- 10050 Haddington Dr. [HAR]
CITY COUNCIL APPROVES MUD FOR 800 NEW HOMES ON PINE CREST GOLF COURSE Houston’s city council voted today to approve a proposal to create a municipal utility district for an 800-house development Meritage Homes wants to build on the former Pine Crest Golf Course. The golf course, which lies within the 100-year floodplain, is located at the corner of Gessner and Clay in the Brickhouse Gully watershed — where 2,300 residential structures flooded during Harvey. Today’s vote was on a proposal identical to one that was considered by the council last October but instead referred to the mayor’s office for further review. A representative of Meritage Homes told the Chronicle following the initial proposal that it would publish an analysis of “where or how floodwaters would flow across the surrounding land” after construction. But it later decided not to — reported the Chronicle’s Mike Morris — claiming that such a study would have been “irrelevant” in light of the city’s new standards for building in floodplains. A no vote by city council today would not have necessarily killed the project, council member Brenda Stardig noted to Morris — although it would have forced Meritage to find an alternate source of funding for the neighborhood’s infrastructure. The developer bought the 150-acre former golf course from MetroNational last year. [Houston Chronicle; more; previously on Swamplot] Photo: Meritage Homes
MUD AND WATER AT THE PINE CREST GOLF COURSE Tomorrow City Council is scheduled to approve a new municipal utility district for a proposed development on the Pine Crest Golf Course at Gessner and Clay Rd. in Spring Branch that would include enough new homes to house 800 residents. MetroNational is selling the 116-acre site to Meritage Homes. “The district would be served by the City’s regional plant, West District Wastewater Treatment Plant,” reads the agenda item. “The nearest major drainage facility for Harris County Municipal Utility District No. 552 would be Buffalo Bayou, which flows into the Houston Ship Channel.” [City Council; previously on Swamplot] Photo of Pine Crest Golf Course: Meritage Homes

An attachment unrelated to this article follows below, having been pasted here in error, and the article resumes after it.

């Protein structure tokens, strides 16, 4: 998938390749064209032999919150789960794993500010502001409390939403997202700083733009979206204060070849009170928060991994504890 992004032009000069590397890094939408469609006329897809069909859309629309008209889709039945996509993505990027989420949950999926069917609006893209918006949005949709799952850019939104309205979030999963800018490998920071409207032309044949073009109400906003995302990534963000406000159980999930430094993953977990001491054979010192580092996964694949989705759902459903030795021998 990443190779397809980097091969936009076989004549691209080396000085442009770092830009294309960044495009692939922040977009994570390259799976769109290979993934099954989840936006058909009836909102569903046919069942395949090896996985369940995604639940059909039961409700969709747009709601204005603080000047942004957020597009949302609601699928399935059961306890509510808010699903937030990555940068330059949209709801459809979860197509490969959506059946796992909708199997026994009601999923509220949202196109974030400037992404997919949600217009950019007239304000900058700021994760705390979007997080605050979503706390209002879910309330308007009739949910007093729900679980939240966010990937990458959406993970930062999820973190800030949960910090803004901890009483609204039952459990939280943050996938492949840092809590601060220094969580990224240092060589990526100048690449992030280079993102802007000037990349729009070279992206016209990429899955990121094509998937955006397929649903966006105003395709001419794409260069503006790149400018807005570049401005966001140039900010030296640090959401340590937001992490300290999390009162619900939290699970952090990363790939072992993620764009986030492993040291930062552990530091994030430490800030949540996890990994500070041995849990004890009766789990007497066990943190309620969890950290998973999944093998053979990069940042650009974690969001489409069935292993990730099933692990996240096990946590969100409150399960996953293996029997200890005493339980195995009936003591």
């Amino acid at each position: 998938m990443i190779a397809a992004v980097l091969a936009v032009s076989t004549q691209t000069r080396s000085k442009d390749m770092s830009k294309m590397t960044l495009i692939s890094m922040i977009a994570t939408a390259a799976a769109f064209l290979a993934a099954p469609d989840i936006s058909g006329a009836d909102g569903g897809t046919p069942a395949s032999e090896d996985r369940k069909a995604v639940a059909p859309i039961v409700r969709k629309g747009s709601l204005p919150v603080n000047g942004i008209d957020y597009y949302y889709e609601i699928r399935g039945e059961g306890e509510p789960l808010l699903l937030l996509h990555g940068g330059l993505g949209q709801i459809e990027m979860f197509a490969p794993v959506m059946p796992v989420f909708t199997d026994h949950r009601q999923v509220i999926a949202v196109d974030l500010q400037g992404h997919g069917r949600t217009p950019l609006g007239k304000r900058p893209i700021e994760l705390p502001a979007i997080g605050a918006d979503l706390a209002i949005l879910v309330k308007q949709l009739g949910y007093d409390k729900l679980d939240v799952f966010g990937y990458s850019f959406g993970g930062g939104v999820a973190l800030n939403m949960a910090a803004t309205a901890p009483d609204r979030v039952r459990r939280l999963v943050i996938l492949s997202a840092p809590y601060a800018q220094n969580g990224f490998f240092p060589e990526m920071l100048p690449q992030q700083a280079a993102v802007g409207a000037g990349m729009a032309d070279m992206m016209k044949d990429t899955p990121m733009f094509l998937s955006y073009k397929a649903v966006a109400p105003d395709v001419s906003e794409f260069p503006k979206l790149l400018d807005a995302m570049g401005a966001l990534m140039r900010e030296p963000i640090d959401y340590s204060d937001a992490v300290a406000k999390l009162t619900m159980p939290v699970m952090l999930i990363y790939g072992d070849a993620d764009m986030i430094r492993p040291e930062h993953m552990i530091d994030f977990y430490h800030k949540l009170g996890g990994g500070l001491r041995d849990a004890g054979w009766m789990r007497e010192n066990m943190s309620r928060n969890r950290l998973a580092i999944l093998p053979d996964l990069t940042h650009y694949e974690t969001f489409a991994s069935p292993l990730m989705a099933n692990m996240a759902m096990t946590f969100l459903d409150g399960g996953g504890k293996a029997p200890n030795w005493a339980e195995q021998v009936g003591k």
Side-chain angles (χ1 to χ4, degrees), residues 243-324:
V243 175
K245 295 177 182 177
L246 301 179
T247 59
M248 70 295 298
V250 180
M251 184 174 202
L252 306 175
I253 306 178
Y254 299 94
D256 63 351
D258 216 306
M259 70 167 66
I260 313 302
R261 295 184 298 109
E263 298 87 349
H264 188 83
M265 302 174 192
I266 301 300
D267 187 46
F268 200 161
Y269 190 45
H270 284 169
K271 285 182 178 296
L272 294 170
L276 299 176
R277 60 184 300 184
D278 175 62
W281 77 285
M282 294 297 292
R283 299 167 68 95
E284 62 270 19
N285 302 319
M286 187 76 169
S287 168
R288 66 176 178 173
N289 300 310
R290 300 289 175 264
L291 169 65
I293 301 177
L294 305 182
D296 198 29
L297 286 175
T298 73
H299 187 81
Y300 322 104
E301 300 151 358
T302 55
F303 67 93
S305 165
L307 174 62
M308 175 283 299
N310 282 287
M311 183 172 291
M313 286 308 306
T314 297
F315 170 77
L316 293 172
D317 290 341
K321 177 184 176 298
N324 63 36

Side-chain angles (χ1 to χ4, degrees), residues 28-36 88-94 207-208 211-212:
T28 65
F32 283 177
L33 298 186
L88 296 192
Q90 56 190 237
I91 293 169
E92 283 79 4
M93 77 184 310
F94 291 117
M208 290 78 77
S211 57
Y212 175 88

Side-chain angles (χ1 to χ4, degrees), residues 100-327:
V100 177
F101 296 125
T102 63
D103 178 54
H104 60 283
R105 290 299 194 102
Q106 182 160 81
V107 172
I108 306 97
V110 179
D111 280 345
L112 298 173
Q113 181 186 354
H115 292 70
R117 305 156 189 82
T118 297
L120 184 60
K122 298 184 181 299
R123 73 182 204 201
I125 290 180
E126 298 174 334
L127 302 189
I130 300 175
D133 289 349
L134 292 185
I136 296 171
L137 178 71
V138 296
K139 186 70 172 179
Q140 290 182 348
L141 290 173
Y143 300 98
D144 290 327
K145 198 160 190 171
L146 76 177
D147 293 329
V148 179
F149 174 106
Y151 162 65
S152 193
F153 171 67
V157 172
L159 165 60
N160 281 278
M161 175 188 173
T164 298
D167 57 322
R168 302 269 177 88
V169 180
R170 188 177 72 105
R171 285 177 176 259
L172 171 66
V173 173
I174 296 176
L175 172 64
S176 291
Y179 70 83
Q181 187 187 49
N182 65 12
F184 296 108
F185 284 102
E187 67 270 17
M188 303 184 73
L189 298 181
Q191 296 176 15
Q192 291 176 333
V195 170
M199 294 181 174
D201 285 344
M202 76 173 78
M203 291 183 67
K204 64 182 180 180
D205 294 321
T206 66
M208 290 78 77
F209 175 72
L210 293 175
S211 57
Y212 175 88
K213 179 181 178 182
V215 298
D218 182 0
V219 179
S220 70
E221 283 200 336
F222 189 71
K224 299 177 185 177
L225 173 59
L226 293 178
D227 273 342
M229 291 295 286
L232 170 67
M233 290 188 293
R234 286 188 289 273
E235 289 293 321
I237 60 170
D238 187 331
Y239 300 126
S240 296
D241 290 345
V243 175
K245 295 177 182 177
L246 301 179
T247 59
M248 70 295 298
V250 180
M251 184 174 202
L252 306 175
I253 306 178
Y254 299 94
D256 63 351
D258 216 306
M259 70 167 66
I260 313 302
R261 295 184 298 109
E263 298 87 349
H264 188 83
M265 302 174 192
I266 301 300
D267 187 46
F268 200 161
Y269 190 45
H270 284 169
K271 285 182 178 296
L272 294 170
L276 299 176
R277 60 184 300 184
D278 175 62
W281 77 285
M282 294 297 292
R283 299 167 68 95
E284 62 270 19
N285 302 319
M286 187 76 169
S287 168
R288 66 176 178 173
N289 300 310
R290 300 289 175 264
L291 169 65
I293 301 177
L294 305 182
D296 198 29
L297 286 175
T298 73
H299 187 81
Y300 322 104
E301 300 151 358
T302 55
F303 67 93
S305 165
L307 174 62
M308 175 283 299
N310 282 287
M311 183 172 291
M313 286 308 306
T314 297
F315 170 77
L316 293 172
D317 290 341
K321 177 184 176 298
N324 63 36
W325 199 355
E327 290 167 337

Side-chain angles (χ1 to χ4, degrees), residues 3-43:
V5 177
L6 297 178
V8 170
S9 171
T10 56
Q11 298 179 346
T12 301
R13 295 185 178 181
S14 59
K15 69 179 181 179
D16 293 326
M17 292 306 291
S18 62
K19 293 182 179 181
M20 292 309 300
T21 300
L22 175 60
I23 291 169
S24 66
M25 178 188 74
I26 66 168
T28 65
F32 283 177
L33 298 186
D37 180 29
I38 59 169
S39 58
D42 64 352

WEST HOUSTON CAN NOW FLUSH IN GOOD CONSCIENCE When last we (and the aircraft supplying aerial images to NOAA) left the West District wastewater treatment plant along Buffalo Bayou just outside Beltway 8 at the flooded southeast corner of Memorial Glen, it looked like this: shut down and surrounded by muddy floodwaters sorely in need of its services. That was September 3rd. As of this morning, the city’s Office of Emergency Management reports, both this plant and the one on Turkey Creek off Eldridge between Briar Forest Dr. and Memorial have been restored to full operation. This means persons in ZIP Codes 77024, 77041, 77043, 77055, 77077, 77079, 77080 and 77094 who had been following guidelines to limit their water use are once more free to shower, flush, brush, and otherwise send wastewater down their drains without special consideration of the consequences. [Alert Houston; previously on Swamplot] Aerial image of West District plant from September 3: NOAA